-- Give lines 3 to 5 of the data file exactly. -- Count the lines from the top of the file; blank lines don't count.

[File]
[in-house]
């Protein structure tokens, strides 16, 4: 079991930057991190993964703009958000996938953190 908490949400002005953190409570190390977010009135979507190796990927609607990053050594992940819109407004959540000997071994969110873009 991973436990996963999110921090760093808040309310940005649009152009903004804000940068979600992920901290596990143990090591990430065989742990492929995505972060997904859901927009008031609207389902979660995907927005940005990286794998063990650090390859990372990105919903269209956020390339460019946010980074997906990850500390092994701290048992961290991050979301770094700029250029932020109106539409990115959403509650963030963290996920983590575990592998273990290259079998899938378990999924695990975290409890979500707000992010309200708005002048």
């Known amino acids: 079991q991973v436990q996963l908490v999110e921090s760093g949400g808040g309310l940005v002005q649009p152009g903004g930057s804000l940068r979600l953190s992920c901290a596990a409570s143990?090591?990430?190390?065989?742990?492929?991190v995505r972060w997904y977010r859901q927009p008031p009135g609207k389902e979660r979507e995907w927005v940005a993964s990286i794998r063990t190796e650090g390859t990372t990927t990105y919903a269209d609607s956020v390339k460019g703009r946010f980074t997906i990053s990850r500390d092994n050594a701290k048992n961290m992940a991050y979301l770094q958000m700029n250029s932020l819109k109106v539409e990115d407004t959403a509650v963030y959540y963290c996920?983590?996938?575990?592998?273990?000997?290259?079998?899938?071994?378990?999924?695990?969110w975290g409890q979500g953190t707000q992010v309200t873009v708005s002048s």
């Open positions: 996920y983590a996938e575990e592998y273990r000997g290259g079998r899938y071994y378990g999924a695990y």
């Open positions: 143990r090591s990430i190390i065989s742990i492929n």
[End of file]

């Known amino acids: 079991q991973v436990q996963l908490v999110e921090s760093g949400g808040g309310l940005v002005q649009p152009g903004g930057s804000l940068r979600l953190s992920c901290a596990a409570s143990?090591?990430?190390?065989?742990?492929?991190v995505r972060w997904y977010r859901q927009p008031p009135g609207k389902e979660r979507e995907w927005v940005a993964s990286i794998r063990t190796e650090g390859t990372t990927t990105y919903a269209d609607s956020v390339k460019g703009r946010f980074t997906i990053s990850r500390d092994n050594a701290k048992n961290m992940a991050y979301l770094q958000m700029n250029s932020l819109k109106v539409e990115d407004t959403a509650v963030y959540y963290c996920?983590?996938?575990?592998?273990?000997?290259?079998?899938?071994?378990?999924?695990?969110w975290g409890q979500g953190t707000q992010v309200t873009v708005s002048s």
């Open positions: 996920y983590a996938e575990e592998y273990r000997g290259g079998r899938y071994y378990g999924a695990y």
């Open positions: 143990r090591s990430i190390i065989s742990i492929n």